Ten years after the Royal Palace in Oslo opened its doors to the public during the summers, most of the royal collection gathers dust in unsuitable storage facilities. Years ago there were plans for a palace museum, plans which have now been dusted off.
A few years ago Olav Aaraas, managing director of the Museum of Cultural Heritage, was asked by the Ministry of Culture to look into how one could secure the 400,000 items included in the royal collections. However, the Ministry has so far not taken any further steps, but there is a hope that something may happen in connection with the King and Queen’s 75th birthdays in 2012.
Bearing in mind that the Royal Court’s standards when it comes to researching and presenting its own history and heritage unfortunately are not always as professional as one might expect, it would in my opinion perhaps be a good idea if such a palace museum were created in cooperation with another institution or perhaps even organisationally part of another museum, such as Oslo Museum or the Museum of Cultural Heritage, which is also in charge of the manors Bogstad and Eidsvoll as well as the Ibsen Museum.
Years ago it was hoped that such a museum might eventually be located in the palace mews, but this is now out of the question as the Court has recently asked for 500 million NOK to reconstruct the Palace Square, repair the palace roof and turn the mews into offices, storage facilities and a library – the Court has long outgrown the Palace with its 173 rooms (compared to the 608 rooms of the Royal Palace in Stockholm).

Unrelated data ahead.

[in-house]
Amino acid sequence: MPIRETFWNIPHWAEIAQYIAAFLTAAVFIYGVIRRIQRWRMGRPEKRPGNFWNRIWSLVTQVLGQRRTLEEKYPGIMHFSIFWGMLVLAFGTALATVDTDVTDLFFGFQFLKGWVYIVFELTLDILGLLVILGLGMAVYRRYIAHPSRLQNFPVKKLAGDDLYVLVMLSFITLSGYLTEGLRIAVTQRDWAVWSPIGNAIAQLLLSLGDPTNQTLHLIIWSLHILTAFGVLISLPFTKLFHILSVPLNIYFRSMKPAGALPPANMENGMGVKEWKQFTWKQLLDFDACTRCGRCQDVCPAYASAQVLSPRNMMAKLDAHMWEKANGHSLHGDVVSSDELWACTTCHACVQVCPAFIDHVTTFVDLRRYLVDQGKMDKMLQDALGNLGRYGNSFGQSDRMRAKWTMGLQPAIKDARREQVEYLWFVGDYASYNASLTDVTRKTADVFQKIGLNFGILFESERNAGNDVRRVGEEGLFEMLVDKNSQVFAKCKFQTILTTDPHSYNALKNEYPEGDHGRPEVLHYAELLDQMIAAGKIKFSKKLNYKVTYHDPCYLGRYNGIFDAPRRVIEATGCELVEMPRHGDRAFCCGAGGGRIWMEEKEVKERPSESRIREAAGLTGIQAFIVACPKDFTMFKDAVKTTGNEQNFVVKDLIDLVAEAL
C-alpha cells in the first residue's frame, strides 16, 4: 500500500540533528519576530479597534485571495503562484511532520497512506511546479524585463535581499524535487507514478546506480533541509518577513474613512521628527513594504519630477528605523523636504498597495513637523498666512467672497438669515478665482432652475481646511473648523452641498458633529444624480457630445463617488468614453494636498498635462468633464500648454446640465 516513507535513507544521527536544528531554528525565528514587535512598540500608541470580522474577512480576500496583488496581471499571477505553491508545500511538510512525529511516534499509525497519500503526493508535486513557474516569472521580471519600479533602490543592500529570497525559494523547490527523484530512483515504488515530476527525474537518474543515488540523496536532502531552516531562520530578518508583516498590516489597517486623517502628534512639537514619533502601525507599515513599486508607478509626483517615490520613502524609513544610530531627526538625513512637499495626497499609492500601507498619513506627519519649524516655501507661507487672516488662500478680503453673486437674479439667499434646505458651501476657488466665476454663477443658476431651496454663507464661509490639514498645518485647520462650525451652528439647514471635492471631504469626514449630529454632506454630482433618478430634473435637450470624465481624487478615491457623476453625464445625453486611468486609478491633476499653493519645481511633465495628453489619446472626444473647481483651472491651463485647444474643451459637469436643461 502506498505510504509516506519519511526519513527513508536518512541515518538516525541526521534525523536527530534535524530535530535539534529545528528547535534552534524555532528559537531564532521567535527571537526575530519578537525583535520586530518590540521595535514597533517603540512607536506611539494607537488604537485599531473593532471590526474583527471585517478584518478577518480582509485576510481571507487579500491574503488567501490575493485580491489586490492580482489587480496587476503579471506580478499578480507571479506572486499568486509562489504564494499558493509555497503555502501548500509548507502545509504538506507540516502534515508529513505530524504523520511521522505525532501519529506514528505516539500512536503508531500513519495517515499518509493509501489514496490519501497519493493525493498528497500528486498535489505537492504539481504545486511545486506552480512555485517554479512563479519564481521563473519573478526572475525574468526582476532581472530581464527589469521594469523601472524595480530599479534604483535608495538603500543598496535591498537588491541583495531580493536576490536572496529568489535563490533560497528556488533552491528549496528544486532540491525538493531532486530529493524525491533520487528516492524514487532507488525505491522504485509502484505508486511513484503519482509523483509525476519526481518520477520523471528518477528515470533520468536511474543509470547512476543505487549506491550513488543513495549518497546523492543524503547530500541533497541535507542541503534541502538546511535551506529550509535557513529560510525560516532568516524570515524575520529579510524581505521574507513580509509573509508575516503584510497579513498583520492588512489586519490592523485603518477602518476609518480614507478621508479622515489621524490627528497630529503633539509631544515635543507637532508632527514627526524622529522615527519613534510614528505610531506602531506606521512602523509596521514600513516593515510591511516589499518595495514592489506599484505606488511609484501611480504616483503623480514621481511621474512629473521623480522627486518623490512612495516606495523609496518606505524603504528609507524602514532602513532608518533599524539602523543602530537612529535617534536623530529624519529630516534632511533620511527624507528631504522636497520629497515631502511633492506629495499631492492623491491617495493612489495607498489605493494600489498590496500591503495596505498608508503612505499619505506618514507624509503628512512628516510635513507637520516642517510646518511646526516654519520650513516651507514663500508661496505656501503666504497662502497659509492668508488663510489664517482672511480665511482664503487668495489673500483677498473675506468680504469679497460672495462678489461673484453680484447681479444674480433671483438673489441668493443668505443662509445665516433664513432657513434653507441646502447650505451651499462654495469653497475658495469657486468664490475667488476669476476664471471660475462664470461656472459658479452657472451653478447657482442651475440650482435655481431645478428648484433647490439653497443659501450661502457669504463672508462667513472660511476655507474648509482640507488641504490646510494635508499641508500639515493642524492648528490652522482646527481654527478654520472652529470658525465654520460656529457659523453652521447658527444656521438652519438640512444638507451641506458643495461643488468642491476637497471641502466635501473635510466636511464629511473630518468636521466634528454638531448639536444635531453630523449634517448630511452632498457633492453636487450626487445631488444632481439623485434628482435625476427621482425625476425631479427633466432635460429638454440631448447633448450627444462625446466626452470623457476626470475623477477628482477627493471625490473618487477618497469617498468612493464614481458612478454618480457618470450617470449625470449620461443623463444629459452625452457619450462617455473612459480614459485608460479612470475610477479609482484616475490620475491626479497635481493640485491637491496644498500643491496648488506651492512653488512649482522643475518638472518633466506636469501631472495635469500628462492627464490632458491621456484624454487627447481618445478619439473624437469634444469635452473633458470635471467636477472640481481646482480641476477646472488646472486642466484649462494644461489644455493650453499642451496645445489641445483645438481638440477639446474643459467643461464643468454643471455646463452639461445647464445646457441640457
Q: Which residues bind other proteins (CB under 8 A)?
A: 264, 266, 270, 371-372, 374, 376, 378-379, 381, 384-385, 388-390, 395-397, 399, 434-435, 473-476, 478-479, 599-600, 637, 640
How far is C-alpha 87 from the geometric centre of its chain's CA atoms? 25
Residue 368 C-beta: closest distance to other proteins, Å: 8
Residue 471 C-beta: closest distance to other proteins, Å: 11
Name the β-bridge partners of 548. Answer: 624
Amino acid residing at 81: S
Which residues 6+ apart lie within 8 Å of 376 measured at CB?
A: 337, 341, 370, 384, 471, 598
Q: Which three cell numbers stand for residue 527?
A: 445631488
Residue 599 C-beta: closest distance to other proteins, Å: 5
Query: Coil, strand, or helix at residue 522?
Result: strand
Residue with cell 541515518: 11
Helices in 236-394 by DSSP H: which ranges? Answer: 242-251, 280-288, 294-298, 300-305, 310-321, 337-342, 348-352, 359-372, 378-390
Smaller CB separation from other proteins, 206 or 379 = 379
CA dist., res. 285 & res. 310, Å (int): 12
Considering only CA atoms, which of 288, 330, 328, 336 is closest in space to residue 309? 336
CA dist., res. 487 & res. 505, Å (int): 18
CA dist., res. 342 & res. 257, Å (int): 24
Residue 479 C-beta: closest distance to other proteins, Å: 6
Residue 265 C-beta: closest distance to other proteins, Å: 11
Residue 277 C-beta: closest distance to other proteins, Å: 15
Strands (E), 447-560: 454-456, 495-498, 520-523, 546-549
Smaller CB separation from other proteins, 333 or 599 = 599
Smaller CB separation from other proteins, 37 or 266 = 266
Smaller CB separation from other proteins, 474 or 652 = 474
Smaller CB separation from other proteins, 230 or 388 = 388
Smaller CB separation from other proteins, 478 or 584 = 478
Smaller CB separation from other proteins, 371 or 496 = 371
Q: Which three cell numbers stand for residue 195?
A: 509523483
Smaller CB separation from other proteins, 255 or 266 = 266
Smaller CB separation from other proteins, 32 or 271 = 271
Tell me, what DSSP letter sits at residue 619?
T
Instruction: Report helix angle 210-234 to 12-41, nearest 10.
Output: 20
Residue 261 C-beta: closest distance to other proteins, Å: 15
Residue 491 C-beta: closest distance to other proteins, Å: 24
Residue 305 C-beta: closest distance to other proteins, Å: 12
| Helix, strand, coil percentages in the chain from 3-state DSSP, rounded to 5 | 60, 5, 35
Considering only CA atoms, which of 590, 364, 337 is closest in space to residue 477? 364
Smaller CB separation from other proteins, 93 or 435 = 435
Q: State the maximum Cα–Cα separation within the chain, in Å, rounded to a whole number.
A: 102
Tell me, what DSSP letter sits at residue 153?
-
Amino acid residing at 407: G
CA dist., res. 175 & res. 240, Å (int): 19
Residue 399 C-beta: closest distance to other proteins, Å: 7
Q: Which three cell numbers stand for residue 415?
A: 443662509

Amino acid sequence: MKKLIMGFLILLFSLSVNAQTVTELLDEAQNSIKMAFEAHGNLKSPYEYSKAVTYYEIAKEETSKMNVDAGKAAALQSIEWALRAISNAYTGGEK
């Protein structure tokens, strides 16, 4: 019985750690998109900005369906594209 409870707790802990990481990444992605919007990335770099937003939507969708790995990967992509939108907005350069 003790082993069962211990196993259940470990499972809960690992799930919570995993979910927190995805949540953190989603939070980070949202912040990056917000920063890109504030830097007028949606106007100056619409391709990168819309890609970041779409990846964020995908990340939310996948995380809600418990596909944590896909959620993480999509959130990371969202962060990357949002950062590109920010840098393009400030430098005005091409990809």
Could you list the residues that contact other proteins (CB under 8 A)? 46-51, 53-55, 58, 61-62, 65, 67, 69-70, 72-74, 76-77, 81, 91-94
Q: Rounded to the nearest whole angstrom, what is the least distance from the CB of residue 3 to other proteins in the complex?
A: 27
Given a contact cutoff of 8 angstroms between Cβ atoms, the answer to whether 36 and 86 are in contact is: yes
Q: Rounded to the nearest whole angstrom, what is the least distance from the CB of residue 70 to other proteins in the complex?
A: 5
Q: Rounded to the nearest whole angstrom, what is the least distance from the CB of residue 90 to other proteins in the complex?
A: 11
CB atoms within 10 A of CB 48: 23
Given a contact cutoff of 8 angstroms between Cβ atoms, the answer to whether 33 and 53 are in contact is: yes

However, the building boom which will see several institutions relocated into new buildings in the coming years will also leave several older institutional buildings empty and in an interview with Aftenposten recently (external link), Anniken Thuse, the outgoing managing director of Bergen Art Museums, recently suggested the building of Norges Geografiske Opmaaling (pictured above), which will soon be vacated by the Art Academy and which is situated across Wergeland Road from the Palace Park.
This seems like an excellent idea, as it is not only an interesting (and available) building located close to the Palace, but as Thue points out it will also provide outdoors space for old cars and carriages. One can only hope that the plans for such a museum will be followed up soon.